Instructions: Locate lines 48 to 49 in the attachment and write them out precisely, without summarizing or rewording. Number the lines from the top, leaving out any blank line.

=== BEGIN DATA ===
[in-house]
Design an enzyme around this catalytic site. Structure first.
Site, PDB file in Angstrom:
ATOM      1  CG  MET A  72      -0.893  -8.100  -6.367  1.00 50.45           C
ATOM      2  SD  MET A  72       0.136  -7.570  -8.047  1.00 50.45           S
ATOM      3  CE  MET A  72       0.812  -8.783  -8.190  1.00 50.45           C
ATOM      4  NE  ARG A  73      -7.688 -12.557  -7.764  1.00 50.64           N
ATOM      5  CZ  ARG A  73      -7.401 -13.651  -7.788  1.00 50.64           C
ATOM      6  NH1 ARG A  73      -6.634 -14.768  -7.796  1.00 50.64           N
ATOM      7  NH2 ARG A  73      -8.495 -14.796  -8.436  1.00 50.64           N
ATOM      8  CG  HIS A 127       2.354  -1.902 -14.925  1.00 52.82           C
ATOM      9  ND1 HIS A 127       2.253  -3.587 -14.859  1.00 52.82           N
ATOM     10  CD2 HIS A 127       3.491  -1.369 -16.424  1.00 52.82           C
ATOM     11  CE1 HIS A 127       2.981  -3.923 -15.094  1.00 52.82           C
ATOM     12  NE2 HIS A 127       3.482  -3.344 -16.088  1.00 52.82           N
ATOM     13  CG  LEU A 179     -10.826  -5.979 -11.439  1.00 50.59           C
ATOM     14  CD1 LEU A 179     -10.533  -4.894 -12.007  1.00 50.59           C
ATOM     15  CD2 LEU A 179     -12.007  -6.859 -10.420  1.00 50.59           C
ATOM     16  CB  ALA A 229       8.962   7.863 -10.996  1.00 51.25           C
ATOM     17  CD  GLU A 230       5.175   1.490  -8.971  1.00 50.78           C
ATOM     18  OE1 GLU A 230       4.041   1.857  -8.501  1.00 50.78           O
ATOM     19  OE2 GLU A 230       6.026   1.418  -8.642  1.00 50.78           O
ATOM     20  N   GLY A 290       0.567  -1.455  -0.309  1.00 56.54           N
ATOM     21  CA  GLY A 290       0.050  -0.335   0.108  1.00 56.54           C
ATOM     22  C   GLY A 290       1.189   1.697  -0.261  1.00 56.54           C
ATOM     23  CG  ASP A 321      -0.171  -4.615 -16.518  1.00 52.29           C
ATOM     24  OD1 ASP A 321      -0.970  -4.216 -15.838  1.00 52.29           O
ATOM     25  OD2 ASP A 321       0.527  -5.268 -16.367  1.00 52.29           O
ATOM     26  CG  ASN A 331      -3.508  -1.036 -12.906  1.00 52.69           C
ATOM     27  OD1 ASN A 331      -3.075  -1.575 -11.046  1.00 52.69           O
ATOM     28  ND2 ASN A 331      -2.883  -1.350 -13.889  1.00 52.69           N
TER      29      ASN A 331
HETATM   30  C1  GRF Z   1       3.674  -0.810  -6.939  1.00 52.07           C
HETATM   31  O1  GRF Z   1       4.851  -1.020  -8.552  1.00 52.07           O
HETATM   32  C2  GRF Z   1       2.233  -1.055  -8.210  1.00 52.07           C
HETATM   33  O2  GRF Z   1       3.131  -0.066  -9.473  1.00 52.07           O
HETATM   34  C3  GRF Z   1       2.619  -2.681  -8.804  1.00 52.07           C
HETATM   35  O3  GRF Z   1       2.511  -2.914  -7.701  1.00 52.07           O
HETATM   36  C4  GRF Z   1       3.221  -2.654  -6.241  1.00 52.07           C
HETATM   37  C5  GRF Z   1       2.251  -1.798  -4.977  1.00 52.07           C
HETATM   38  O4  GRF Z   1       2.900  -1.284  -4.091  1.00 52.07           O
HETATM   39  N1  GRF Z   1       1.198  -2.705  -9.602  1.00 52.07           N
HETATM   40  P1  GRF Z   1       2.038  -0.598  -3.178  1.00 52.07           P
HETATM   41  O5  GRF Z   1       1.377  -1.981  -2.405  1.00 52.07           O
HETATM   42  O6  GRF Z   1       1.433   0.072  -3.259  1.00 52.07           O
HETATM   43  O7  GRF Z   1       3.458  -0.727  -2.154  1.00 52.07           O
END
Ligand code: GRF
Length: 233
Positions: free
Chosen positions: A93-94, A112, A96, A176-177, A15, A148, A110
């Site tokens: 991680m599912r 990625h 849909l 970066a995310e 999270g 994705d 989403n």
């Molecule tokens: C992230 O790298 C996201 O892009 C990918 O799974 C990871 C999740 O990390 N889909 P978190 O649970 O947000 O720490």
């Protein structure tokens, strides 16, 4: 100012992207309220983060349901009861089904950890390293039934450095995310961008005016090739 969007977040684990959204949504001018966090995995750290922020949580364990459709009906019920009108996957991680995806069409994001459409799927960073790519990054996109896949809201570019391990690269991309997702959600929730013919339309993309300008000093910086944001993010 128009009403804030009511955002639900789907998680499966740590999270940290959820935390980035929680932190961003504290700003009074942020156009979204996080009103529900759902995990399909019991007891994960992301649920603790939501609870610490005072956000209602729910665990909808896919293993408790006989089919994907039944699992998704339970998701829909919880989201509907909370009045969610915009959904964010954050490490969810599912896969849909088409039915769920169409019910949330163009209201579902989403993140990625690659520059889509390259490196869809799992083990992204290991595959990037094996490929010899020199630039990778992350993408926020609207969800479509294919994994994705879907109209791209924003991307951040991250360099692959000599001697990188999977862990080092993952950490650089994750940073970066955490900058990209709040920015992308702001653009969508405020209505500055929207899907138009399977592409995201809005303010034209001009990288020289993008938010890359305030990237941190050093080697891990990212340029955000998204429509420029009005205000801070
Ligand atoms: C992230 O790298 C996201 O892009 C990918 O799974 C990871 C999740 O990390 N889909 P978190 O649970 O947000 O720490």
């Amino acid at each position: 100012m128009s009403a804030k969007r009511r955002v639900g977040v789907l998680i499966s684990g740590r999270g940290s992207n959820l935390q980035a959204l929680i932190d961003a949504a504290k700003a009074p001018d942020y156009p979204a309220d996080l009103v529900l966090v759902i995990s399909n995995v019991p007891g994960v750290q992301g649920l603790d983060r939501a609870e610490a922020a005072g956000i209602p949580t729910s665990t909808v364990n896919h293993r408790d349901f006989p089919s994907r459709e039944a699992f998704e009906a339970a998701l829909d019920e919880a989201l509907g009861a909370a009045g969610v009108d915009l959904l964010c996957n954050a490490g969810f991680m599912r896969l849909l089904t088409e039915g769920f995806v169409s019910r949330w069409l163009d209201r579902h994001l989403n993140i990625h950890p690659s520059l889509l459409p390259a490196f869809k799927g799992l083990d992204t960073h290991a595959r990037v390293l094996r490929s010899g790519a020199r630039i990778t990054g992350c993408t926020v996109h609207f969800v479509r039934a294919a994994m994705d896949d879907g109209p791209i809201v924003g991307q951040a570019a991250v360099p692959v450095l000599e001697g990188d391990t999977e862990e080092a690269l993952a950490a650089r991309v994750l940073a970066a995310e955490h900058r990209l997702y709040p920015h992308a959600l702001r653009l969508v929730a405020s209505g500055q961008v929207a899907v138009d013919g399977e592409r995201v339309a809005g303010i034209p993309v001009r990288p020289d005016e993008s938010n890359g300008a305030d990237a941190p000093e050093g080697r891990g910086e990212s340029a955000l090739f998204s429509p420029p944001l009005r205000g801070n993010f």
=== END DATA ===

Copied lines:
Ligand code: GRF
Length: 233